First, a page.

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Developing Slack apps locally

Developing Slack apps locally

This tutorial is meant to guide developers through setting up and configuring a Slack app for local development.

Feel free to skip around to the specific sections relevant to you — we won’t mind 🙂

Create an app

Head over to our Bolt JS Getting Started Guide’s section “Create an App” for the latest up-to-date instructions on how to create a new app on

Tokens and installing apps

Head over to our Bolt JS Getting Started Guide’s section “Tokens and installing apps” for the latest up-to-date information on what tokens are, the different kinds of tokens available, how to create them on, how to install your app to a live Slack workspace and finally how to retrieve your access token.

Socket Mode vs. HTTP

Your app can communicate with Slack using one of two methods:

  1. Socket Mode. Connect to Slack using a direct and long-lived socket connection. This is our recommended approach when getting started in local development because of its convenience. However apps cannot use Socket Mode and also be listed in the App Directory. For that, you’ll need to use HTTP). It is also important to remember that Socket Mode is more prone to network faults because the connection is a long-lived one.
  2. HTTP. Expose your app using a public-facing URL that Slack will send HTTP requests to. This requires a few additional steps to set up, but may be more resilient to network disruptions than communication via Socket Mode.

This tutorial will cover how to set up your app using either approach.

Socket Mode

Setting up your Node.js application for Socket Mode development is fast and easy with the @slack/socket-mode package.

Once you’ve created an app, you will need to generate an App Token. On your app’s page on, under the main Basic Information page, scroll down to App-Level Tokens. Click Generate Token and Scopes, add a name for your app token, and click Add Scope. Choose connections:write and then click Generate. Copy and safely store the generated token - you’ll need that when following the Socket Mode package setup instructions.


What is a Request URL?

A Request URL is a public URL where Slack can send HTTP POST requests with information about events, interactions and other happenings inside your Slack workspace.

For example, when a message is posted, a button is clicked, a dialog is submitted, or a user interacts with your app using another interactive feature, Slack will send relevant information about that event to your app’s Request URL such as the user who initiated the event, channel where the event occurred and other contextual details.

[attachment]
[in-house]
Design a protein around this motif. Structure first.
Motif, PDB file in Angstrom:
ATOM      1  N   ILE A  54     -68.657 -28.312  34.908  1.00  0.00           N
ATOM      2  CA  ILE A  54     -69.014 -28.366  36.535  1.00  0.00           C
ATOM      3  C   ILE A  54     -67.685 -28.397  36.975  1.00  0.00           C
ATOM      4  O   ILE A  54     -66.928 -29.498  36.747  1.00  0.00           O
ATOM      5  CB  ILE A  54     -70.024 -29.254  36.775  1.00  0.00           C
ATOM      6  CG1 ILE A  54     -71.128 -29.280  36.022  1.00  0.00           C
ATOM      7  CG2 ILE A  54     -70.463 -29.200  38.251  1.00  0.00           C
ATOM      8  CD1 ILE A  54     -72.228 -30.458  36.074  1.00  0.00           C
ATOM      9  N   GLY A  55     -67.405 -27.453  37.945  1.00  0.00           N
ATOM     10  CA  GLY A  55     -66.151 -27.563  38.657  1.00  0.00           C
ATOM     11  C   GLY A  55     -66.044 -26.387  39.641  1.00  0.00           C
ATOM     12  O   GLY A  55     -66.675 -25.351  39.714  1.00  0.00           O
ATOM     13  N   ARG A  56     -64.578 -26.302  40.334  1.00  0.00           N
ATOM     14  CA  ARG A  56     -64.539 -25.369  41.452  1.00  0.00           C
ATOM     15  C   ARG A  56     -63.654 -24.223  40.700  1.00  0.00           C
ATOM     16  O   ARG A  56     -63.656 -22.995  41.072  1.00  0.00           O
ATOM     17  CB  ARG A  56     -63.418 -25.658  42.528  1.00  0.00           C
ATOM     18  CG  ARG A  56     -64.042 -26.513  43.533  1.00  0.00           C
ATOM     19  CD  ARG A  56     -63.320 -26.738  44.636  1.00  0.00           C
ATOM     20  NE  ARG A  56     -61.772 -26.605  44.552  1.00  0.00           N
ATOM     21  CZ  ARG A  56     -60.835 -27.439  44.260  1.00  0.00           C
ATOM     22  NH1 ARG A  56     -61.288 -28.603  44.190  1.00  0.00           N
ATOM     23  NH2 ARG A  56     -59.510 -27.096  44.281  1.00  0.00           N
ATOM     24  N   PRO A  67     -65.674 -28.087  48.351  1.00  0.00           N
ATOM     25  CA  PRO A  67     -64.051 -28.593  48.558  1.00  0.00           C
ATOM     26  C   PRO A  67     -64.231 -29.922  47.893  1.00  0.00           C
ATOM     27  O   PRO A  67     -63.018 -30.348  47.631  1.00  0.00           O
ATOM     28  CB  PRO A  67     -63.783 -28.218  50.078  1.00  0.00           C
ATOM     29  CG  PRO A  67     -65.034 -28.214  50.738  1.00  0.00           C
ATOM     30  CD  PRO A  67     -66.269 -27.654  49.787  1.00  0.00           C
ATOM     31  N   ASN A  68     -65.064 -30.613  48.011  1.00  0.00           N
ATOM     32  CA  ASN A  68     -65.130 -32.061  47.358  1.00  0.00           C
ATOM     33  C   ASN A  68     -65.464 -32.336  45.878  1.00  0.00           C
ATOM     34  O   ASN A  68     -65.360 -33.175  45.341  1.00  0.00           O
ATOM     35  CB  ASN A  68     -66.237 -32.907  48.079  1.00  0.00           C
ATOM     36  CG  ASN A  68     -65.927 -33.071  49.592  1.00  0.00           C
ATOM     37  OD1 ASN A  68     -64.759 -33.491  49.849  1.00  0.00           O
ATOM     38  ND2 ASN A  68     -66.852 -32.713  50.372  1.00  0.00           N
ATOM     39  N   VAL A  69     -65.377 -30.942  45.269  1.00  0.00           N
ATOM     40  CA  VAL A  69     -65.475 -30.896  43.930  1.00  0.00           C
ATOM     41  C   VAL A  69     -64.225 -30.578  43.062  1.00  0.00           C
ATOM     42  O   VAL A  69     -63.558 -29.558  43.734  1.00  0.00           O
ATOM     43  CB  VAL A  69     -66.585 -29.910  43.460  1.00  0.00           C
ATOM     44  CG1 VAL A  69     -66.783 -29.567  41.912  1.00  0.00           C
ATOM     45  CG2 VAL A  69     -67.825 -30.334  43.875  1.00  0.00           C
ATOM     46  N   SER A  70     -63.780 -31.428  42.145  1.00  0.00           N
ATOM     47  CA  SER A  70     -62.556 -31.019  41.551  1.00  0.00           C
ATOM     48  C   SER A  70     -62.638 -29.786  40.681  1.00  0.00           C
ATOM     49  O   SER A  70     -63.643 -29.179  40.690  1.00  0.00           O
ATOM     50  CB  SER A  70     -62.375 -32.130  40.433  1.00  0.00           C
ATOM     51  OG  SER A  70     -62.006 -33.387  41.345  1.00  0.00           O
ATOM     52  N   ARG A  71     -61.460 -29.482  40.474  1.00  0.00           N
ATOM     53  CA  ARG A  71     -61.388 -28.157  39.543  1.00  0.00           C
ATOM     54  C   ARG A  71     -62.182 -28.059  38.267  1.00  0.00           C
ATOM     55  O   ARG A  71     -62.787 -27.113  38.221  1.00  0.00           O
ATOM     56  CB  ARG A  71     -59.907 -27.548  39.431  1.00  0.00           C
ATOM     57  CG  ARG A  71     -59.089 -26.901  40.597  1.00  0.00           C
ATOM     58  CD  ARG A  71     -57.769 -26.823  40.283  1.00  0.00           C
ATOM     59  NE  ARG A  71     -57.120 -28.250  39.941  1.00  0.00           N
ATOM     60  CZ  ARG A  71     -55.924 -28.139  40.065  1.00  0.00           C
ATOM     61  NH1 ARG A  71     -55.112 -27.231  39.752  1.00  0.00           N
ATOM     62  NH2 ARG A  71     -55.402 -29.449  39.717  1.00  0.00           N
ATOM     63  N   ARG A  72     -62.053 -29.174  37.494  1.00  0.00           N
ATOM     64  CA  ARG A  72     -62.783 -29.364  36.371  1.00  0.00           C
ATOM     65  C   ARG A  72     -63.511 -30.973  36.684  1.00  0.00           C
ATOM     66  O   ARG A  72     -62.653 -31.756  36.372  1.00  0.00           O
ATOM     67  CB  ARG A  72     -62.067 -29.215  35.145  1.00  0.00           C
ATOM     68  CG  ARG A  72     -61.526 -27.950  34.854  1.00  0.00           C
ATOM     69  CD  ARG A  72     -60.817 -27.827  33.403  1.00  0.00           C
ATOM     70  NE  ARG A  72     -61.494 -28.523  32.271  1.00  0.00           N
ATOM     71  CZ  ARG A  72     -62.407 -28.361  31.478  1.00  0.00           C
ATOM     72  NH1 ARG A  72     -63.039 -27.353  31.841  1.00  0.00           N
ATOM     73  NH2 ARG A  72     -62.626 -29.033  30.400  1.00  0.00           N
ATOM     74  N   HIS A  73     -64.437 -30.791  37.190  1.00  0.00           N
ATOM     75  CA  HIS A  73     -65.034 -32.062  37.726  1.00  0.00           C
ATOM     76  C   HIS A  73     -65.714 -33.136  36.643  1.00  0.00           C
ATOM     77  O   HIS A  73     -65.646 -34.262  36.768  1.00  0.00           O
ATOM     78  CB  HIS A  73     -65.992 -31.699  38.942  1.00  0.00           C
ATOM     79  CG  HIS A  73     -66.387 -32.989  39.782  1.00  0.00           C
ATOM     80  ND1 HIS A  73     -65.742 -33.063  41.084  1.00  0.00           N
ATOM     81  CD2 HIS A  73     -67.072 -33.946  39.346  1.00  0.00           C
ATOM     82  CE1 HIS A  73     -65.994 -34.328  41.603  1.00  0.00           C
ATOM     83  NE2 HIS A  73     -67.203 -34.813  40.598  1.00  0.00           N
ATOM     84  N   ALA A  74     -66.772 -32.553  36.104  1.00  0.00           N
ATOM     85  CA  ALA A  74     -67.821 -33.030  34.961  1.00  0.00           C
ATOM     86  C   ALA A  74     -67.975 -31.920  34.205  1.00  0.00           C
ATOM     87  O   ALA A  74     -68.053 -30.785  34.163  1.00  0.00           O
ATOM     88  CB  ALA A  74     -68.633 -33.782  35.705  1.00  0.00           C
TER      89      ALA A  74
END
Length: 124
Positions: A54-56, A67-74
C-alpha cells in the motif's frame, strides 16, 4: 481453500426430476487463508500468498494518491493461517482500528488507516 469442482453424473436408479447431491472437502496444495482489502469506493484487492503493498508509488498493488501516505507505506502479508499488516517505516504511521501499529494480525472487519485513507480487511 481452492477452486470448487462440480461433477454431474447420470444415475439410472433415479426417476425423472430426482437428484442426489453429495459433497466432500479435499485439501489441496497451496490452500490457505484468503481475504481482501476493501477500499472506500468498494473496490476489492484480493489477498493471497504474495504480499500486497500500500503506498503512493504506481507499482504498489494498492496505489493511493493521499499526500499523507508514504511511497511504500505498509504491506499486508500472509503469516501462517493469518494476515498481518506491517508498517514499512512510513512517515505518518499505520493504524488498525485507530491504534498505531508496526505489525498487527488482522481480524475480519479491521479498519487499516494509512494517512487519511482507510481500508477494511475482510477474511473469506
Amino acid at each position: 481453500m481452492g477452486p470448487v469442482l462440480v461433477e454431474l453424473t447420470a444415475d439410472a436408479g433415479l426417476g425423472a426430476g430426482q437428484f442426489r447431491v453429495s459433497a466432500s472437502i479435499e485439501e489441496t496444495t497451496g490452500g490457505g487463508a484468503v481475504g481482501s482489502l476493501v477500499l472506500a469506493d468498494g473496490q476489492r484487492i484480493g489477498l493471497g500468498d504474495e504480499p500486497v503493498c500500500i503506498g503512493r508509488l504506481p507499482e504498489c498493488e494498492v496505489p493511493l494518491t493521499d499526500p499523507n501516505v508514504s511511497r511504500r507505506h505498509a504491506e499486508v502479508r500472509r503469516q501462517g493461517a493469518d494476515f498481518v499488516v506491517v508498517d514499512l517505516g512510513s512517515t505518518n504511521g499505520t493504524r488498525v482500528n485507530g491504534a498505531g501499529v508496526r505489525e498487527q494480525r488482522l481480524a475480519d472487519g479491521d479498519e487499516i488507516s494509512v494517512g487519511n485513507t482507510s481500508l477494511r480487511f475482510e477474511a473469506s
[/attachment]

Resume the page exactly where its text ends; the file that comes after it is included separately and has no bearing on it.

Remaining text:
Using a local Request URL for development

If you’re just getting started with your app development, you probably don’t have a publicly accessible URL yet. Eventually, you’ll want to set that up, but for now a development proxy like ngrok will do the job.

Once you’ve installed a development proxy, run it to begin forwarding requests to a specific port (we’re using port 3000 for this example):

ngrok: ngrok http 3000

Running ngrok

The output should show a generated URL that you can use (Use the one that starts with https://). This URL will be the base of your request URL, in this case

Add the URL to your app configuration

At this point you have a public-facing URL. Now, let’s add that to the Interactivity and Shortcuts and Events Subscriptions page. Under the Request URL box, go ahead and paste in your accessible URL.

Configuring a Request URL

Subscribing to workspace events

If you want your app to be subscribed to workspace events (like when a reaction is added, when a user mentions your app, or another Events API event, you need to enable events for your app.

Start by clicking Event Subscriptions on the left sidebar. If your app is using HTTP to communicate with Slack, after you toggle the switch, you’ll need to add a Request URL. This is similar to adding a Request URL in the Interactive Components section, but as described on this page, Slack will issue a challenge request to verify that your app’s request URL can respond appropriately to incoming requests. Read through our Request URL Configuration & Verification documentation for details on how to properly handle a challenge request.

On the Event Subscriptions page, you can add each event you want your app to subscribe to. In the tables below, you may add Workspace events and Bot events.

Most events require additional scopes (for example, the reaction_added event requires the reactions:read scope). You can add scopes to your app on the OAuth & Permissions page.

Once you’ve selected all the event types, be sure to Save Changes.

Lastly, if you’ve added event types that require scopes your app did not previously have, you’ll need to reinstall the app into the workspace(s) you’d like Slack to send your app new events. You can reinstall the app from the Install App page.

Next steps

Hopefully this guide included information that’s helpful to get you up and running with a Slack app. If something is missing, feel free to open a ticket or a pull request.

The different packages have code samples, explanations, and more resources to get you started writing the code in your app using our SDKs. The README has links to the packages and examples to get started.